Most people who amass the pure gold and silver coins produced by the United States Mint do so for collections or investments, not to buy Slurpees at 7-Eleven.
“You’d be a fool,” Tom Jurkowsky, a spokesman for the Mint, said of the Slurpee idea, “but you could do it.”
After all, while the one-ounce American Eagle coin produced by the Mint says “One Dollar,” it is actually worth more like $38 based on the current price of silver. (An ounce of gold is worth more than $1,500.)
Now, however, Utah has passed a law intended to encourage residents to use gold or silver coins made by the Mint as cash, but with their value based on the weight of the precious metals in them, not the face value – if, that is, they can find a merchant willing to accept the coins on that basis.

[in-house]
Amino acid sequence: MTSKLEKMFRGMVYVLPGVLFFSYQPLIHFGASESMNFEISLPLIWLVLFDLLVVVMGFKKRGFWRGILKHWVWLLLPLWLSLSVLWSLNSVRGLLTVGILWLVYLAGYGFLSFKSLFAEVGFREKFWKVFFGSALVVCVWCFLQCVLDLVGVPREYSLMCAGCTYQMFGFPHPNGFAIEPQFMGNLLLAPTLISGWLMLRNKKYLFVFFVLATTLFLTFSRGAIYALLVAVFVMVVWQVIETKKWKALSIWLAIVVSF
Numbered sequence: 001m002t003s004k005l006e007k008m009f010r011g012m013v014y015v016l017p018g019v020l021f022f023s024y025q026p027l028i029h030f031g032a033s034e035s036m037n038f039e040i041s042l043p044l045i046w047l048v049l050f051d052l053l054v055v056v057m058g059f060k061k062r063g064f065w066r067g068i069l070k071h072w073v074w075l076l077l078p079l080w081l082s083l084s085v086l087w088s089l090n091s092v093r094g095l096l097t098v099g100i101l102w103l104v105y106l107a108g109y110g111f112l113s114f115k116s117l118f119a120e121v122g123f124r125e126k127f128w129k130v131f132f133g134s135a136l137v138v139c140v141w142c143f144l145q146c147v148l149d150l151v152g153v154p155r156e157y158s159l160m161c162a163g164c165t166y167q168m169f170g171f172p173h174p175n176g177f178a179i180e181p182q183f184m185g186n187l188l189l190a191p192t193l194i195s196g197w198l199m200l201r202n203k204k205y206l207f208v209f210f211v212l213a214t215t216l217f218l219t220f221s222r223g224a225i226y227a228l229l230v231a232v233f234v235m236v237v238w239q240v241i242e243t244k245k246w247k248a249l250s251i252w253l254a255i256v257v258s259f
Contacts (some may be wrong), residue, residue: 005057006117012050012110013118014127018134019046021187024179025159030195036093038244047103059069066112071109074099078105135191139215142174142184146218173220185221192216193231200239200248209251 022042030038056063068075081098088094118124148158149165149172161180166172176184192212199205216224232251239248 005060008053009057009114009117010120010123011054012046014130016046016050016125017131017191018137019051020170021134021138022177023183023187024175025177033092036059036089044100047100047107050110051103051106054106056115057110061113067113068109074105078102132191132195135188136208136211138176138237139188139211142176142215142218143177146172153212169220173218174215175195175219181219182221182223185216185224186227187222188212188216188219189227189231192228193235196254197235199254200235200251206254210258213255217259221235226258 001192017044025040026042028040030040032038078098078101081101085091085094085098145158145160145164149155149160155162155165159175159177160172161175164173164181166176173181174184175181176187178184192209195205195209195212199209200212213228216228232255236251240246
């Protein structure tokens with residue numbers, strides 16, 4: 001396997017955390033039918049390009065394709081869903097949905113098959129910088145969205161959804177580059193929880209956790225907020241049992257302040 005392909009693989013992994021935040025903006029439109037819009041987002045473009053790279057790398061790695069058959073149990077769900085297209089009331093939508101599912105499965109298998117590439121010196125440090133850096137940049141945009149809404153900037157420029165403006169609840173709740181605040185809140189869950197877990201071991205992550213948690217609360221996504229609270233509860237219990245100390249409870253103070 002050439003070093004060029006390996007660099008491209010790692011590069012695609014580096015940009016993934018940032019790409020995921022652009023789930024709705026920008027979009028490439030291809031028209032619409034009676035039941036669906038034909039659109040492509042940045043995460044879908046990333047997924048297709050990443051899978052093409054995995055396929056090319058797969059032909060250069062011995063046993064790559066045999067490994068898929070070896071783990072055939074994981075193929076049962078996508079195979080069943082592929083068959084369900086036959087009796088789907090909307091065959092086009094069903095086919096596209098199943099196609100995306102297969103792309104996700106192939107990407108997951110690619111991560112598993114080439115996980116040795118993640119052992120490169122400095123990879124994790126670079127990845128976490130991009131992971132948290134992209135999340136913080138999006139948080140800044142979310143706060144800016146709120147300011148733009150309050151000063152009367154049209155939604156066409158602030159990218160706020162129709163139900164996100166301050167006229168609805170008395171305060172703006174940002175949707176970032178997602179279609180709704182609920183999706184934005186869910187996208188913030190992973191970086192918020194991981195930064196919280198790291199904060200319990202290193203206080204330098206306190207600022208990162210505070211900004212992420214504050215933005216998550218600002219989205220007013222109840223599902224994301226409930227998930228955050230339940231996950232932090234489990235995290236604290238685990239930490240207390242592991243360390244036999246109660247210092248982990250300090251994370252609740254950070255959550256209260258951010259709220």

The legislation, called the Legal Tender Act of 2011, was inspired in part by Tea Party supporters, some of whom believe that the dollar should be backed by gold or silver and that Obama administration policies could cause a currency collapse. The law is the first of its kind in the United States. Several other states, including Minnesota, Idaho and Georgia, have considered similar laws.